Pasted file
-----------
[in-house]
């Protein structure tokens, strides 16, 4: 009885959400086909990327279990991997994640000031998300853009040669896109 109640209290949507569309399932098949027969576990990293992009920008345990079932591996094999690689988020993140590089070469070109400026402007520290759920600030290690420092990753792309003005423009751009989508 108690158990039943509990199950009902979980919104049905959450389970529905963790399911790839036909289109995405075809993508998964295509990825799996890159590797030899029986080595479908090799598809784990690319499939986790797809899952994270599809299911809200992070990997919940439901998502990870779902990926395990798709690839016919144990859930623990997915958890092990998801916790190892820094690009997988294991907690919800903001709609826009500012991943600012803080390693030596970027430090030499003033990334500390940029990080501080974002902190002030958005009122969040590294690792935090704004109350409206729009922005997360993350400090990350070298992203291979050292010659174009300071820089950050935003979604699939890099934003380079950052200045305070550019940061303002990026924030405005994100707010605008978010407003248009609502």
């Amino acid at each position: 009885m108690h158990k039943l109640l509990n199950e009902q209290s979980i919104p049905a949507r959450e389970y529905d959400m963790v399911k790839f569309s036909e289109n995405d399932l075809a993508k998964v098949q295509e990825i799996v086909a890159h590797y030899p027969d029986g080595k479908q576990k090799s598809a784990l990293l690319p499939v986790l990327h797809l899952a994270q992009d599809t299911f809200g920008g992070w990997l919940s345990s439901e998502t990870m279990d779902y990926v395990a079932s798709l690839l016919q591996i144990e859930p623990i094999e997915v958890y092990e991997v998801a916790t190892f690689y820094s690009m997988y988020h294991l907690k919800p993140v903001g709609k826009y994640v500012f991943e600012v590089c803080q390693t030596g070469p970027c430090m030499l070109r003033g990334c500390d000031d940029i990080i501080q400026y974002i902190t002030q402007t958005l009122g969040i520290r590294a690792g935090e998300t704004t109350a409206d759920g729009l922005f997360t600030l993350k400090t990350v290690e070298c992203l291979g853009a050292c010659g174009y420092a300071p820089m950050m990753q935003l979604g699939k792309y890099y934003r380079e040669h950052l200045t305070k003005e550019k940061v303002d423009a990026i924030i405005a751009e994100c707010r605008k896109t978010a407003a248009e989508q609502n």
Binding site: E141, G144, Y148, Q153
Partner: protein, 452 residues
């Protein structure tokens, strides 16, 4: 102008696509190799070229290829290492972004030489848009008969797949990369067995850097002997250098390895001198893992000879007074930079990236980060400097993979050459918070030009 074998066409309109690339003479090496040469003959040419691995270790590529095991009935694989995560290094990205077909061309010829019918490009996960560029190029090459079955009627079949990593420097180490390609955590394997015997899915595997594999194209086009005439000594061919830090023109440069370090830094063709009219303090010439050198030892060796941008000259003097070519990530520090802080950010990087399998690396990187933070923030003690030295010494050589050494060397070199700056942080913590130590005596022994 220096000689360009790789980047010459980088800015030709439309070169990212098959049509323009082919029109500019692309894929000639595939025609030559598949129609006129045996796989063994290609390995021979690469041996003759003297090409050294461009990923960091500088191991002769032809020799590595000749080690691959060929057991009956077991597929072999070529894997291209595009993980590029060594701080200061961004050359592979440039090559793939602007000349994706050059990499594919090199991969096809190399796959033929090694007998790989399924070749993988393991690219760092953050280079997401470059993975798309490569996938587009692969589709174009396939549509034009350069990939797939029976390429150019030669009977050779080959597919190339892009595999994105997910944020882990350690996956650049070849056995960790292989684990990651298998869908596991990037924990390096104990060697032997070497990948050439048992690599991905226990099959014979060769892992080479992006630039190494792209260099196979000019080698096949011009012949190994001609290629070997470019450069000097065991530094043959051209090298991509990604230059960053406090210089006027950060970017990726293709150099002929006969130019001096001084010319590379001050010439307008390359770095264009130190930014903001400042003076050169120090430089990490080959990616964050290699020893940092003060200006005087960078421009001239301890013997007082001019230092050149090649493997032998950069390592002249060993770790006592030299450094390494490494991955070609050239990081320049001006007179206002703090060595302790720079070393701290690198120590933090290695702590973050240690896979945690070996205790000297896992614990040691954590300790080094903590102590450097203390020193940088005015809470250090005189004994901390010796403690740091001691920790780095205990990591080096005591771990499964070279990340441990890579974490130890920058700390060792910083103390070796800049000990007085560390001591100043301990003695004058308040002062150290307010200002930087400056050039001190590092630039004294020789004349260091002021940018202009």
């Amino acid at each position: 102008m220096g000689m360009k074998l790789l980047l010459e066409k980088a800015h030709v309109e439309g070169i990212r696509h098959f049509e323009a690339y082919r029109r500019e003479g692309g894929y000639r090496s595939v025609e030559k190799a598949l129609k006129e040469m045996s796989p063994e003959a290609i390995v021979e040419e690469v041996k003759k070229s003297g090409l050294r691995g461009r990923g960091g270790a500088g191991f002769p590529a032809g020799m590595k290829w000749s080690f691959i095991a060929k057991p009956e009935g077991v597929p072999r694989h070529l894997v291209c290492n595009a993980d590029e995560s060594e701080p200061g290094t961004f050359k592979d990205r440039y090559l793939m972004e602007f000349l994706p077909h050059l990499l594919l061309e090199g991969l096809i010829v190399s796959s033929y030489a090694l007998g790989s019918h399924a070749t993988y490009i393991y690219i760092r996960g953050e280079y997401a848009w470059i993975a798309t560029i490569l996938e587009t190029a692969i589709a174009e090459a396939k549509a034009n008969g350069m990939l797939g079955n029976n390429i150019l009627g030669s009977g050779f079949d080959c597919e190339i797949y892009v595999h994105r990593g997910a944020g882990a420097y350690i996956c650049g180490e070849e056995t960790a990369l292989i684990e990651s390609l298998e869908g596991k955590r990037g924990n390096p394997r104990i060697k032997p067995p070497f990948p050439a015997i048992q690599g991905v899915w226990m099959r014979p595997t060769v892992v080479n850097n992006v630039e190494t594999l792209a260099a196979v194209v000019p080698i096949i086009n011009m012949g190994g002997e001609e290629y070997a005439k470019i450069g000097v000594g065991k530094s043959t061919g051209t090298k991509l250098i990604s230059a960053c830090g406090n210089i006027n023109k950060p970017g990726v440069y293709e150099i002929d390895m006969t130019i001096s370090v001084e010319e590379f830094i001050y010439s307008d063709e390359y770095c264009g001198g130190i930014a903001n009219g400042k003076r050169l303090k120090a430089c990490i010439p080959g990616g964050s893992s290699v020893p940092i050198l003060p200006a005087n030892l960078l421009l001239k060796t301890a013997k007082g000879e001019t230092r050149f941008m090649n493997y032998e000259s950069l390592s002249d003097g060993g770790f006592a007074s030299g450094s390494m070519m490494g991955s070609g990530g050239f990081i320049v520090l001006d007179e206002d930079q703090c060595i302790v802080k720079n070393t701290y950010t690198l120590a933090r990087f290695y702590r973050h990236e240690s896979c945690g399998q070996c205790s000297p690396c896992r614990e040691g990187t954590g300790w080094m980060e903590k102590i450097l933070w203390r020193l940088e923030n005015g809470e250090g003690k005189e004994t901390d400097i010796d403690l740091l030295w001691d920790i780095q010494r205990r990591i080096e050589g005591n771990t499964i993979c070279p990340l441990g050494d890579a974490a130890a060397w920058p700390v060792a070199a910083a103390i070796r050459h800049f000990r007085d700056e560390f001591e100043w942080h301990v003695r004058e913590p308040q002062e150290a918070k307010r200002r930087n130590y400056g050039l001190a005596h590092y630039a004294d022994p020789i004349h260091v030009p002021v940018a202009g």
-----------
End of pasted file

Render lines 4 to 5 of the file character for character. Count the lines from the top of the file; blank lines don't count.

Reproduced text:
Binding site: E141, G144, Y148, Q153
Partner: protein, 452 residues